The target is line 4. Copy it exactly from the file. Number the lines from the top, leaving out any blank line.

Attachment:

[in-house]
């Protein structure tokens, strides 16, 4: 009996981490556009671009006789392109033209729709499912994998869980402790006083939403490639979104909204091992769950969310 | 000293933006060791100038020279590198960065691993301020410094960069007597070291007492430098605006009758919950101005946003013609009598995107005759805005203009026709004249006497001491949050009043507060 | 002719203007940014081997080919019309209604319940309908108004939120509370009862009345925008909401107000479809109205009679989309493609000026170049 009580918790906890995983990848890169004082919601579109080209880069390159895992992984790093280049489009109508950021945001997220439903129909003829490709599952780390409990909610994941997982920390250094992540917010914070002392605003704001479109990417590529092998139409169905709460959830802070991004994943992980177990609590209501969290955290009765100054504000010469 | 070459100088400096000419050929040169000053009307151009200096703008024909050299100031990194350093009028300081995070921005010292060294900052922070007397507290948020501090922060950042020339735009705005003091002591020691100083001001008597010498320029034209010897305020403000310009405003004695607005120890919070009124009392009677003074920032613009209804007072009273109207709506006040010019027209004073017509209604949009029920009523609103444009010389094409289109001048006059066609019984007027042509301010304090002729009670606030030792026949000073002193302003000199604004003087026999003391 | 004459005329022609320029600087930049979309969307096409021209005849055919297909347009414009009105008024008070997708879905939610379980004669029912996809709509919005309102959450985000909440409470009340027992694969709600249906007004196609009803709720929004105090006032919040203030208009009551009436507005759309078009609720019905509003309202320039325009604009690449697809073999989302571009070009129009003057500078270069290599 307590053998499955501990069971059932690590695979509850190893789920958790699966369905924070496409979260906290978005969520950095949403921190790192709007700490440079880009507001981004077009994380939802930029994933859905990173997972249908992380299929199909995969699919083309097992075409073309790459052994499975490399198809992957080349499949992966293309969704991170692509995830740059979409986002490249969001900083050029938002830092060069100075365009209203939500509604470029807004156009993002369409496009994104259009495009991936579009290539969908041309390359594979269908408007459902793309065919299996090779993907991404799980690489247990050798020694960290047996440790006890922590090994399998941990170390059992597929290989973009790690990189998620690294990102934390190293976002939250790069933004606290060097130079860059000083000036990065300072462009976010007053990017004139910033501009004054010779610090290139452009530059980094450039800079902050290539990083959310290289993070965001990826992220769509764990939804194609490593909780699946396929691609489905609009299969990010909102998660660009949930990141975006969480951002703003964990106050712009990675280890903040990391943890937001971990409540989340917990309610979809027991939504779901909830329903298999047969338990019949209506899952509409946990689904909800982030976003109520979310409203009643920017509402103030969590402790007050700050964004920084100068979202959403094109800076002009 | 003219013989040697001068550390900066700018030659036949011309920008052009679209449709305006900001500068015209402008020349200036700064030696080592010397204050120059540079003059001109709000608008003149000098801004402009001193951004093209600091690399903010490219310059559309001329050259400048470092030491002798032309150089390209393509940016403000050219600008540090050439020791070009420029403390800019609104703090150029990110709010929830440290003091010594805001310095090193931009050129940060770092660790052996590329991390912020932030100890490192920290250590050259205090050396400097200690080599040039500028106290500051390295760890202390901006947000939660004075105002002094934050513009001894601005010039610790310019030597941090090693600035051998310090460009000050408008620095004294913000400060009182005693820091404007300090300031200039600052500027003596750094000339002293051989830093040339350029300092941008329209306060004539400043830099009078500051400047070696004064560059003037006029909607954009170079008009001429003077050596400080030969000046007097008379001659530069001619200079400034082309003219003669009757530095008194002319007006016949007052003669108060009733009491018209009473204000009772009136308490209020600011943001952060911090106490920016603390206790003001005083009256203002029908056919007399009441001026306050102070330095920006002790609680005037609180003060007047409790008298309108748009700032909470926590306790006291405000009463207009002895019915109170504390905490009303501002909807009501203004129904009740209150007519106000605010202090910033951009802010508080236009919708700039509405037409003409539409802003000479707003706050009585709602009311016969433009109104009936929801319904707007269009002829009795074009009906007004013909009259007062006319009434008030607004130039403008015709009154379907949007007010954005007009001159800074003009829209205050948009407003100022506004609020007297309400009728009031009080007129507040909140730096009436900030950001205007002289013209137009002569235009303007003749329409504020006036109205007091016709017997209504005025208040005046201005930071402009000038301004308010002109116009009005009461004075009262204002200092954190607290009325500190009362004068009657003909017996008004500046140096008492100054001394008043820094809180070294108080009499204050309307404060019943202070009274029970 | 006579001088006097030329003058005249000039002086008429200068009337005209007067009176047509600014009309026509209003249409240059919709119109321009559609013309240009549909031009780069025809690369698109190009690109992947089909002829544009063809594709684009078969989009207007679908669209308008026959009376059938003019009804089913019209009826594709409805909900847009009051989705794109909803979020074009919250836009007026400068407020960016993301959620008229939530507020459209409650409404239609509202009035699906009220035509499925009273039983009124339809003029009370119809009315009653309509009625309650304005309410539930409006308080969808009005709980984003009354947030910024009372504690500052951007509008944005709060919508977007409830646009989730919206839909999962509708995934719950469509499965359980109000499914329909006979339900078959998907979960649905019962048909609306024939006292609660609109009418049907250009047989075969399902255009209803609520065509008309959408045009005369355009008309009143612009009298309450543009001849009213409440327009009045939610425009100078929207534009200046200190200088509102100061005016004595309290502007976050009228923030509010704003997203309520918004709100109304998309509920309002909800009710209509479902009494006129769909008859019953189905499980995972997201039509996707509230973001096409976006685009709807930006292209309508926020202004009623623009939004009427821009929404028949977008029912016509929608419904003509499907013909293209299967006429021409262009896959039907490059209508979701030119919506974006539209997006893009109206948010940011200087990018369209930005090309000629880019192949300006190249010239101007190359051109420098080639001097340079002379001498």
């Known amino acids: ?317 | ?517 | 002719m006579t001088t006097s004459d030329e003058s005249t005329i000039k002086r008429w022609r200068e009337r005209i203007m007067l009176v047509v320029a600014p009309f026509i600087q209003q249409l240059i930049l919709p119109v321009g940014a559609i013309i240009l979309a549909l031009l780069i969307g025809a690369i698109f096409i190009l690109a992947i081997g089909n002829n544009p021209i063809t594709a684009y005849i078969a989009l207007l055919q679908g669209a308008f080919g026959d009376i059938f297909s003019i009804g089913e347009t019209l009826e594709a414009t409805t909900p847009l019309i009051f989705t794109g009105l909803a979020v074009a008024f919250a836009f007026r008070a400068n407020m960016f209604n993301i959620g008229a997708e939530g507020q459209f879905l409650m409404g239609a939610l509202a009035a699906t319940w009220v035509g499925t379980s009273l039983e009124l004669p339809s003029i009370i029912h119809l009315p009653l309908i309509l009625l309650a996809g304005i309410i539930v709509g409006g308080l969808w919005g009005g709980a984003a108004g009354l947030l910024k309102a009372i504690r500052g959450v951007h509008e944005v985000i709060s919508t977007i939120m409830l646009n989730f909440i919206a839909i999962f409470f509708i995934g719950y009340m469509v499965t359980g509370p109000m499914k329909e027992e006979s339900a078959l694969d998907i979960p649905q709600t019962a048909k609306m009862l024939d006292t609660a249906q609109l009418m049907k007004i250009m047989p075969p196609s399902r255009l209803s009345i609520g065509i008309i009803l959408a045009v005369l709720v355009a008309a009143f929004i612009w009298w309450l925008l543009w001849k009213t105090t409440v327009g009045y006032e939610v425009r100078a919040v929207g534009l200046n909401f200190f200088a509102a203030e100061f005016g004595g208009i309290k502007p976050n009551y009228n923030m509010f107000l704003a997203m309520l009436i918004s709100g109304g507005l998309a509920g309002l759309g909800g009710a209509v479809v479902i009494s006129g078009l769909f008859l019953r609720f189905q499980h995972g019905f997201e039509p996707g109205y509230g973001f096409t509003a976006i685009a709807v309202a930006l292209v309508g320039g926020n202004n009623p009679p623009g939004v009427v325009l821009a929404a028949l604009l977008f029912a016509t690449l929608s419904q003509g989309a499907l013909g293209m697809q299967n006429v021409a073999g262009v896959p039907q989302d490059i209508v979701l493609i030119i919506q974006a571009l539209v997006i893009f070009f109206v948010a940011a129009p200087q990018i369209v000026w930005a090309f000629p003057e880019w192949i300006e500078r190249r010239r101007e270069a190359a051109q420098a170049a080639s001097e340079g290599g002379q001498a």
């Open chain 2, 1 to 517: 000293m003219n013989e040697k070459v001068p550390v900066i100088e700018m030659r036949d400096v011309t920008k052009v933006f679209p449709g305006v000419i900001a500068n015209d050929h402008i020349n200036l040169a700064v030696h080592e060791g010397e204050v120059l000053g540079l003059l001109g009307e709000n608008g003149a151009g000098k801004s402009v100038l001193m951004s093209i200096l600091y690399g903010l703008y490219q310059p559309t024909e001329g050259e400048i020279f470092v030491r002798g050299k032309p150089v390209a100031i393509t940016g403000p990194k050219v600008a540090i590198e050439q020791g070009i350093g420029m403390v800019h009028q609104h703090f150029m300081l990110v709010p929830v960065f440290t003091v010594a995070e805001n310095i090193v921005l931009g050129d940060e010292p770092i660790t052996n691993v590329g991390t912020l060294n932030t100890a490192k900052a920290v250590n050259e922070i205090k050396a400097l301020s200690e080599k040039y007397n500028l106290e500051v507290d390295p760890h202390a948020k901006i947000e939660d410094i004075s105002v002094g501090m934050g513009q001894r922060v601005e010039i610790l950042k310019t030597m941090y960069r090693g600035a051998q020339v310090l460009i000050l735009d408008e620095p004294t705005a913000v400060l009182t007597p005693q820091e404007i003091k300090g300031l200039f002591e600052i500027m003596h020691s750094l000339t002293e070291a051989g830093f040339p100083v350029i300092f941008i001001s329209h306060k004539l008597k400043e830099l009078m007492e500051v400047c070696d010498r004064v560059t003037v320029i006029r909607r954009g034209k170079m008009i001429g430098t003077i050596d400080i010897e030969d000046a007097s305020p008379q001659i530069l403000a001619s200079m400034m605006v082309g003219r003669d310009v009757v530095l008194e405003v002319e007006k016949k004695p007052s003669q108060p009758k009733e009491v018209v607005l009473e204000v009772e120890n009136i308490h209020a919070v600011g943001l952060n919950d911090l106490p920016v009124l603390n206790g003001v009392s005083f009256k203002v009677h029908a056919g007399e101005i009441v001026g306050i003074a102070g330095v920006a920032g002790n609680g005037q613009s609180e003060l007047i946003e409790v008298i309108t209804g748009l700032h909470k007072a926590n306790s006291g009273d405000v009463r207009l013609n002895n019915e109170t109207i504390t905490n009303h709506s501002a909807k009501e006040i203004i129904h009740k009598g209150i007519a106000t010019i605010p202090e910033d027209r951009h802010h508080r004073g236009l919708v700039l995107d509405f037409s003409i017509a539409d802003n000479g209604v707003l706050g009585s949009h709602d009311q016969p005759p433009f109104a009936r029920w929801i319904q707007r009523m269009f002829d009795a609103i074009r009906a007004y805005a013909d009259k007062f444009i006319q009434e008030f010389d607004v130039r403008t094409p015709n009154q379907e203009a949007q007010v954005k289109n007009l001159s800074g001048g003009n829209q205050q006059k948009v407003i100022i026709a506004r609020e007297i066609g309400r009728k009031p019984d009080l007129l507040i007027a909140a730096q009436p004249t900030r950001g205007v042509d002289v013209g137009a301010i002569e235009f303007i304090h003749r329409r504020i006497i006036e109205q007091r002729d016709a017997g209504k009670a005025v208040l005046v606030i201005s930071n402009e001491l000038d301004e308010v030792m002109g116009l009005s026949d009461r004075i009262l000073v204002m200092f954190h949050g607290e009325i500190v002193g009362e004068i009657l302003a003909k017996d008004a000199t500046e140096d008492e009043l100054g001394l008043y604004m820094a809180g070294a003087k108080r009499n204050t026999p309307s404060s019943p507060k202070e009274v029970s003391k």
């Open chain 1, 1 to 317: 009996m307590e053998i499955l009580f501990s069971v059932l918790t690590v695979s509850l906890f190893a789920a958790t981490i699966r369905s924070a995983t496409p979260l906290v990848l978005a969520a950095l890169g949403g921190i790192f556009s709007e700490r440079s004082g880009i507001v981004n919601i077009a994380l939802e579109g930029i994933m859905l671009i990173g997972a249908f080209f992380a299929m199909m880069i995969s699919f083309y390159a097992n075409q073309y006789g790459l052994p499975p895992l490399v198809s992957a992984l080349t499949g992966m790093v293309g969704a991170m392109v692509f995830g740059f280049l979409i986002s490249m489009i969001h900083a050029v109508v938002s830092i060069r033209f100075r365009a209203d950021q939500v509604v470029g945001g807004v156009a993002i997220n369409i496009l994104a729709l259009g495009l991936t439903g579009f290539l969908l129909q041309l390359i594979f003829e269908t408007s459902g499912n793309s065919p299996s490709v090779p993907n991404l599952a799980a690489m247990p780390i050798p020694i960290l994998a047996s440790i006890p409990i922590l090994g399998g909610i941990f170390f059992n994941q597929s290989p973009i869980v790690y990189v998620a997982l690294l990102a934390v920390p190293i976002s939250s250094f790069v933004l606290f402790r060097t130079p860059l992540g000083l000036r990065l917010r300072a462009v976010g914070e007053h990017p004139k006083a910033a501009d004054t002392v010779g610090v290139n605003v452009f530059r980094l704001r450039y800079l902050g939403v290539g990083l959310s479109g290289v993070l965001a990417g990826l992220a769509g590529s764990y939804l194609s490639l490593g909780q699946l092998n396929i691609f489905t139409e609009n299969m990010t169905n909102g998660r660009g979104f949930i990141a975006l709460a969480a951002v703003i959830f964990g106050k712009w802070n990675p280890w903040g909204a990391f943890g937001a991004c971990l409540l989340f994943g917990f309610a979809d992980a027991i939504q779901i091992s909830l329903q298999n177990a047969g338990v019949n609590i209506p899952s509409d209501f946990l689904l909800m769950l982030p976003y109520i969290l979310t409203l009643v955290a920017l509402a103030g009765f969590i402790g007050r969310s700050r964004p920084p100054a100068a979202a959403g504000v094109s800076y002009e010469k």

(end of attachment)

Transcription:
């Open chain 2, 1 to 517: 000293m003219n013989e040697k070459v001068p550390v900066i100088e700018m030659r036949d400096v011309t920008k052009v933006f679209p449709g305006v000419i900001a500068n015209d050929h402008i020349n200036l040169a700064v030696h080592e060791g010397e204050v120059l000053g540079l003059l001109g009307e709000n608008g003149a151009g000098k801004s402009v100038l001193m951004s093209i200096l600091y690399g903010l703008y490219q310059p559309t024909e001329g050259e400048i020279f470092v030491r002798g050299k032309p150089v390209a100031i393509t940016g403000p990194k050219v600008a540090i590198e050439q020791g070009i350093g420029m403390v800019h009028q609104h703090f150029m300081l990110v709010p929830v960065f440290t003091v010594a995070e805001n310095i090193v921005l931009g050129d940060e010292p770092i660790t052996n691993v590329g991390t912020l060294n932030t100890a490192k900052a920290v250590n050259e922070i205090k050396a400097l301020s200690e080599k040039y007397n500028l106290e500051v507290d390295p760890h202390a948020k901006i947000e939660d410094i004075s105002v002094g501090m934050g513009q001894r922060v601005e010039i610790l950042k310019t030597m941090y960069r090693g600035a051998q020339v310090l460009i000050l735009d408008e620095p004294t705005a913000v400060l009182t007597p005693q820091e404007i003091k300090g300031l200039f002591e600052i500027m003596h020691s750094l000339t002293e070291a051989g830093f040339p100083v350029i300092f941008i001001s329209h306060k004539l008597k400043e830099l009078m007492e500051v400047c070696d010498r004064v560059t003037v320029i006029r909607r954009g034209k170079m008009i001429g430098t003077i050596d400080i010897e030969d000046a007097s305020p008379q001659i530069l403000a001619s200079m400034m605006v082309g003219r003669d310009v009757v530095l008194e405003v002319e007006k016949k004695p007052s003669q108060p009758k009733e009491v018209v607005l009473e204000v009772e120890n009136i308490h209020a919070v600011g943001l952060n919950d911090l106490p920016v009124l603390n206790g003001v009392s005083f009256k203002v009677h029908a056919g007399e101005i009441v001026g306050i003074a102070g330095v920006a920032g002790n609680g005037q613009s609180e003060l007047i946003e409790v008298i309108t209804g748009l700032h909470k007072a926590n306790s006291g009273d405000v009463r207009l013609n002895n019915e109170t109207i504390t905490n009303h709506s501002a909807k009501e006040i203004i129904h009740k009598g209150i007519a106000t010019i605010p202090e910033d027209r951009h802010h508080r004073g236009l919708v700039l995107d509405f037409s003409i017509a539409d802003n000479g209604v707003l706050g009585s949009h709602d009311q016969p005759p433009f109104a009936r029920w929801i319904q707007r009523m269009f002829d009795a609103i074009r009906a007004y805005a013909d009259k007062f444009i006319q009434e008030f010389d607004v130039r403008t094409p015709n009154q379907e203009a949007q007010v954005k289109n007009l001159s800074g001048g003009n829209q205050q006059k948009v407003i100022i026709a506004r609020e007297i066609g309400r009728k009031p019984d009080l007129l507040i007027a909140a730096q009436p004249t900030r950001g205007v042509d002289v013209g137009a301010i002569e235009f303007i304090h003749r329409r504020i006497i006036e109205q007091r002729d016709a017997g209504k009670a005025v208040l005046v606030i201005s930071n402009e001491l000038d301004e308010v030792m002109g116009l009005s026949d009461r004075i009262l000073v204002m200092f954190h949050g607290e009325i500190v002193g009362e004068i009657l302003a003909k017996d008004a000199t500046e140096d008492e009043l100054g001394l008043y604004m820094a809180g070294a003087k108080r009499n204050t026999p309307s404060s019943p507060k202070e009274v029970s003391k």